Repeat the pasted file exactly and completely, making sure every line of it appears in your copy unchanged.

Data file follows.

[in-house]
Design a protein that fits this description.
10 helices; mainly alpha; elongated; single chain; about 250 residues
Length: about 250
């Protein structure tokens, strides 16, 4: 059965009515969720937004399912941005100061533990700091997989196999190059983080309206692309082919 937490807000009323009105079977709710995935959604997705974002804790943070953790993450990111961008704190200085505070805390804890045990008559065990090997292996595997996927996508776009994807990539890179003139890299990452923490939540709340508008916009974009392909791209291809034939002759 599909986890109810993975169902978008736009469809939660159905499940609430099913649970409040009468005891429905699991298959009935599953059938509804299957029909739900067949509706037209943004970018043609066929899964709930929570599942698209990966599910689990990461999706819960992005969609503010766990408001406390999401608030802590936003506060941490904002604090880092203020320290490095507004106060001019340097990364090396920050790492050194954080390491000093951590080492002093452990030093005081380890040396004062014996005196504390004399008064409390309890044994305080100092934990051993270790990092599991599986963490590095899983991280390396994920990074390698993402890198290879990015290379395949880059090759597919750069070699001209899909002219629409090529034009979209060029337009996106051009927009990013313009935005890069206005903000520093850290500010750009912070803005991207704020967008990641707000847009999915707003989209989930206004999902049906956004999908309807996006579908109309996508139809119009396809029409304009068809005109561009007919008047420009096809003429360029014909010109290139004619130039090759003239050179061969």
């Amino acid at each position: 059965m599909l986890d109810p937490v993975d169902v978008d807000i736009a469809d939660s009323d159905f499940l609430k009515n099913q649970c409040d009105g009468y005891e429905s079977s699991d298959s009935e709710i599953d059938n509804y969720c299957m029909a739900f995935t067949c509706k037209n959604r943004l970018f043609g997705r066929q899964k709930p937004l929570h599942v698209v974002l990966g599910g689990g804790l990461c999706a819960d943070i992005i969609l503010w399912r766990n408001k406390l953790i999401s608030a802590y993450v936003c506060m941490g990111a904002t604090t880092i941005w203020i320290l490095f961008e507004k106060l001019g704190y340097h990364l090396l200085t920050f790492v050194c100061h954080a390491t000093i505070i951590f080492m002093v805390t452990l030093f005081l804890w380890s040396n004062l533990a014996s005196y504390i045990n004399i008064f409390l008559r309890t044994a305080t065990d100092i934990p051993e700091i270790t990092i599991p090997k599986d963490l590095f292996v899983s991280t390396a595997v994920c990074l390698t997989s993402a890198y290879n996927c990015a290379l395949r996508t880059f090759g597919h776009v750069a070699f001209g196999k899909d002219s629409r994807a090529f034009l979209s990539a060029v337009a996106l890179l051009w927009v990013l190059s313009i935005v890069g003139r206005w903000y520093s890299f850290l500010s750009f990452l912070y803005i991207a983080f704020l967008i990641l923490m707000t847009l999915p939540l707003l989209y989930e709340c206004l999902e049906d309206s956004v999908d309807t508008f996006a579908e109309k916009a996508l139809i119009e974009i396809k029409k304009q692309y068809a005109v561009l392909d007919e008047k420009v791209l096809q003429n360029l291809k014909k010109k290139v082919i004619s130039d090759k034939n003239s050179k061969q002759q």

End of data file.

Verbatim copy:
[in-house]
Design a protein that fits this description.
10 helices; mainly alpha; elongated; single chain; about 250 residues
Length: about 250
């Protein structure tokens, strides 16, 4: 059965009515969720937004399912941005100061533990700091997989196999190059983080309206692309082919 937490807000009323009105079977709710995935959604997705974002804790943070953790993450990111961008704190200085505070805390804890045990008559065990090997292996595997996927996508776009994807990539890179003139890299990452923490939540709340508008916009974009392909791209291809034939002759 599909986890109810993975169902978008736009469809939660159905499940609430099913649970409040009468005891429905699991298959009935599953059938509804299957029909739900067949509706037209943004970018043609066929899964709930929570599942698209990966599910689990990461999706819960992005969609503010766990408001406390999401608030802590936003506060941490904002604090880092203020320290490095507004106060001019340097990364090396920050790492050194954080390491000093951590080492002093452990030093005081380890040396004062014996005196504390004399008064409390309890044994305080100092934990051993270790990092599991599986963490590095899983991280390396994920990074390698993402890198290879990015290379395949880059090759597919750069070699001209899909002219629409090529034009979209060029337009996106051009927009990013313009935005890069206005903000520093850290500010750009912070803005991207704020967008990641707000847009999915707003989209989930206004999902049906956004999908309807996006579908109309996508139809119009396809029409304009068809005109561009007919008047420009096809003429360029014909010109290139004619130039090759003239050179061969």
């Amino acid at each position: 059965m599909l986890d109810p937490v993975d169902v978008d807000i736009a469809d939660s009323d159905f499940l609430k009515n099913q649970c409040d009105g009468y005891e429905s079977s699991d298959s009935e709710i599953d059938n509804y969720c299957m029909a739900f995935t067949c509706k037209n959604r943004l970018f043609g997705r066929q899964k709930p937004l929570h599942v698209v974002l990966g599910g689990g804790l990461c999706a819960d943070i992005i969609l503010w399912r766990n408001k406390l953790i999401s608030a802590y993450v936003c506060m941490g990111a904002t604090t880092i941005w203020i320290l490095f961008e507004k106060l001019g704190y340097h990364l090396l200085t920050f790492v050194c100061h954080a390491t000093i505070i951590f080492m002093v805390t452990l030093f005081l804890w380890s040396n004062l533990a014996s005196y504390i045990n004399i008064f409390l008559r309890t044994a305080t065990d100092i934990p051993e700091i270790t990092i599991p090997k599986d963490l590095f292996v899983s991280t390396a595997v994920c990074l390698t997989s993402a890198y290879n996927c990015a290379l395949r996508t880059f090759g597919h776009v750069a070699f001209g196999k899909d002219s629409r994807a090529f034009l979209s990539a060029v337009a996106l890179l051009w927009v990013l190059s313009i935005v890069g003139r206005w903000y520093s890299f850290l500010s750009f990452l912070y803005i991207a983080f704020l967008i990641l923490m707000t847009l999915p939540l707003l989209y989930e709340c206004l999902e049906d309206s956004v999908d309807t508008f996006a579908e109309k916009a996508l139809i119009e974009i396809k029409k304009q692309y068809a005109v561009l392909d007919e008047k420009v791209l096809q003429n360029l291809k014909k010109k290139v082919i004619s130039d090759k034939n003239s050179k061969q002759q």